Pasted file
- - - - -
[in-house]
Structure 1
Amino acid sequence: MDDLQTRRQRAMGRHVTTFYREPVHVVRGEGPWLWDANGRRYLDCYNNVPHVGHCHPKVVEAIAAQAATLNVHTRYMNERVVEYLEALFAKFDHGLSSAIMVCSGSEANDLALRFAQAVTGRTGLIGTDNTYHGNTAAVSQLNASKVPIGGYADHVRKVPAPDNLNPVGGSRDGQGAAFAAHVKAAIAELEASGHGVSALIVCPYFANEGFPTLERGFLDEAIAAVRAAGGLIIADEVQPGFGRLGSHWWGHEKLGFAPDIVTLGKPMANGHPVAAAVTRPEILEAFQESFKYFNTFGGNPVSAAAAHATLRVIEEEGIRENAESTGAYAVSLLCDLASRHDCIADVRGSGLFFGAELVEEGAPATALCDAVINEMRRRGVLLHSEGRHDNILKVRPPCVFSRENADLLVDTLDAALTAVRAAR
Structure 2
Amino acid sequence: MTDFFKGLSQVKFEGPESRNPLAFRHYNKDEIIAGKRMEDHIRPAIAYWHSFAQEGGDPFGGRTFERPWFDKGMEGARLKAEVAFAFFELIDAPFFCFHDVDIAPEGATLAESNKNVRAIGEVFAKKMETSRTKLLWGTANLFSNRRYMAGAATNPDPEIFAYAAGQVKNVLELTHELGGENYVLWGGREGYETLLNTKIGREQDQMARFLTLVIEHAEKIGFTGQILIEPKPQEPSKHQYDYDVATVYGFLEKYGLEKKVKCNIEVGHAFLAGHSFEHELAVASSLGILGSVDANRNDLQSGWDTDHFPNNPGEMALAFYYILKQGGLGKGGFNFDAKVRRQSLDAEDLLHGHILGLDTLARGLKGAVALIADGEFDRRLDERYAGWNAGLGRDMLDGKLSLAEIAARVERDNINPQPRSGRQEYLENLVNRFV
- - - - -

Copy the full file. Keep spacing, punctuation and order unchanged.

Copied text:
[in-house]
Structure 1
Amino acid sequence: MDDLQTRRQRAMGRHVTTFYREPVHVVRGEGPWLWDANGRRYLDCYNNVPHVGHCHPKVVEAIAAQAATLNVHTRYMNERVVEYLEALFAKFDHGLSSAIMVCSGSEANDLALRFAQAVTGRTGLIGTDNTYHGNTAAVSQLNASKVPIGGYADHVRKVPAPDNLNPVGGSRDGQGAAFAAHVKAAIAELEASGHGVSALIVCPYFANEGFPTLERGFLDEAIAAVRAAGGLIIADEVQPGFGRLGSHWWGHEKLGFAPDIVTLGKPMANGHPVAAAVTRPEILEAFQESFKYFNTFGGNPVSAAAAHATLRVIEEEGIRENAESTGAYAVSLLCDLASRHDCIADVRGSGLFFGAELVEEGAPATALCDAVINEMRRRGVLLHSEGRHDNILKVRPPCVFSRENADLLVDTLDAALTAVRAAR
Structure 2
Amino acid sequence: MTDFFKGLSQVKFEGPESRNPLAFRHYNKDEIIAGKRMEDHIRPAIAYWHSFAQEGGDPFGGRTFERPWFDKGMEGARLKAEVAFAFFELIDAPFFCFHDVDIAPEGATLAESNKNVRAIGEVFAKKMETSRTKLLWGTANLFSNRRYMAGAATNPDPEIFAYAAGQVKNVLELTHELGGENYVLWGGREGYETLLNTKIGREQDQMARFLTLVIEHAEKIGFTGQILIEPKPQEPSKHQYDYDVATVYGFLEKYGLEKKVKCNIEVGHAFLAGHSFEHELAVASSLGILGSVDANRNDLQSGWDTDHFPNNPGEMALAFYYILKQGGLGKGGFNFDAKVRRQSLDAEDLLHGHILGLDTLARGLKGAVALIADGEFDRRLDERYAGWNAGLGRDMLDGKLSLAEIAARVERDNINPQPRSGRQEYLENLVNRFV